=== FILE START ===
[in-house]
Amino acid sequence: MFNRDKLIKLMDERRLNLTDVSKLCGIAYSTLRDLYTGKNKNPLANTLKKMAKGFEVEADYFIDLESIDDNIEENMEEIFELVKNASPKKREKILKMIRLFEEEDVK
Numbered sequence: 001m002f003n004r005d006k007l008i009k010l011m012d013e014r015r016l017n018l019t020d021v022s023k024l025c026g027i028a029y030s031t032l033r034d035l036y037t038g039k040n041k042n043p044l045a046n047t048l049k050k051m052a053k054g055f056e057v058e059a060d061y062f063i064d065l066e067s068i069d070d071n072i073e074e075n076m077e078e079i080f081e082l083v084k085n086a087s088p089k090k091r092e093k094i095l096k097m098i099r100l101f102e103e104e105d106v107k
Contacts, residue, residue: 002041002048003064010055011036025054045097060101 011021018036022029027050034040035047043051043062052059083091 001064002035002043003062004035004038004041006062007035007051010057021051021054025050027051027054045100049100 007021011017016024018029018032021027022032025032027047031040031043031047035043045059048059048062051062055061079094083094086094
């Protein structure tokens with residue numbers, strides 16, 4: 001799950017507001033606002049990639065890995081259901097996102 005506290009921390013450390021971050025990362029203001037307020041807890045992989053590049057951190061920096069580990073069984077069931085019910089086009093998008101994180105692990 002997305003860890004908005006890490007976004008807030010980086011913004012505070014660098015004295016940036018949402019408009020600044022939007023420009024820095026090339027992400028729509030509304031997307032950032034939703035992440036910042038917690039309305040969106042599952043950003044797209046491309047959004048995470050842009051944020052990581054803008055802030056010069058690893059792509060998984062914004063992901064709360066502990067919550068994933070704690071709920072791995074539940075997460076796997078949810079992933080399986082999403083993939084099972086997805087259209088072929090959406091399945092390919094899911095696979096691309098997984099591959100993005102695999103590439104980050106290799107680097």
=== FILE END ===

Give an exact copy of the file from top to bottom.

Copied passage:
[in-house]
Amino acid sequence: MFNRDKLIKLMDERRLNLTDVSKLCGIAYSTLRDLYTGKNKNPLANTLKKMAKGFEVEADYFIDLESIDDNIEENMEEIFELVKNASPKKREKILKMIRLFEEEDVK
Numbered sequence: 001m002f003n004r005d006k007l008i009k010l011m012d013e014r015r016l017n018l019t020d021v022s023k024l025c026g027i028a029y030s031t032l033r034d035l036y037t038g039k040n041k042n043p044l045a046n047t048l049k050k051m052a053k054g055f056e057v058e059a060d061y062f063i064d065l066e067s068i069d070d071n072i073e074e075n076m077e078e079i080f081e082l083v084k085n086a087s088p089k090k091r092e093k094i095l096k097m098i099r100l101f102e103e104e105d106v107k
Contacts, residue, residue: 002041002048003064010055011036025054045097060101 011021018036022029027050034040035047043051043062052059083091 001064002035002043003062004035004038004041006062007035007051010057021051021054025050027051027054045100049100 007021011017016024018029018032021027022032025032027047031040031043031047035043045059048059048062051062055061079094083094086094
């Protein structure tokens with residue numbers, strides 16, 4: 001799950017507001033606002049990639065890995081259901097996102 005506290009921390013450390021971050025990362029203001037307020041807890045992989053590049057951190061920096069580990073069984077069931085019910089086009093998008101994180105692990 002997305003860890004908005006890490007976004008807030010980086011913004012505070014660098015004295016940036018949402019408009020600044022939007023420009024820095026090339027992400028729509030509304031997307032950032034939703035992440036910042038917690039309305040969106042599952043950003044797209046491309047959004048995470050842009051944020052990581054803008055802030056010069058690893059792509060998984062914004063992901064709360066502990067919550068994933070704690071709920072791995074539940075997460076796997078949810079992933080399986082999403083993939084099972086997805087259209088072929090959406091399945092390919094899911095696979096691309098997984099591959100993005102695999103590439104980050106290799107680097």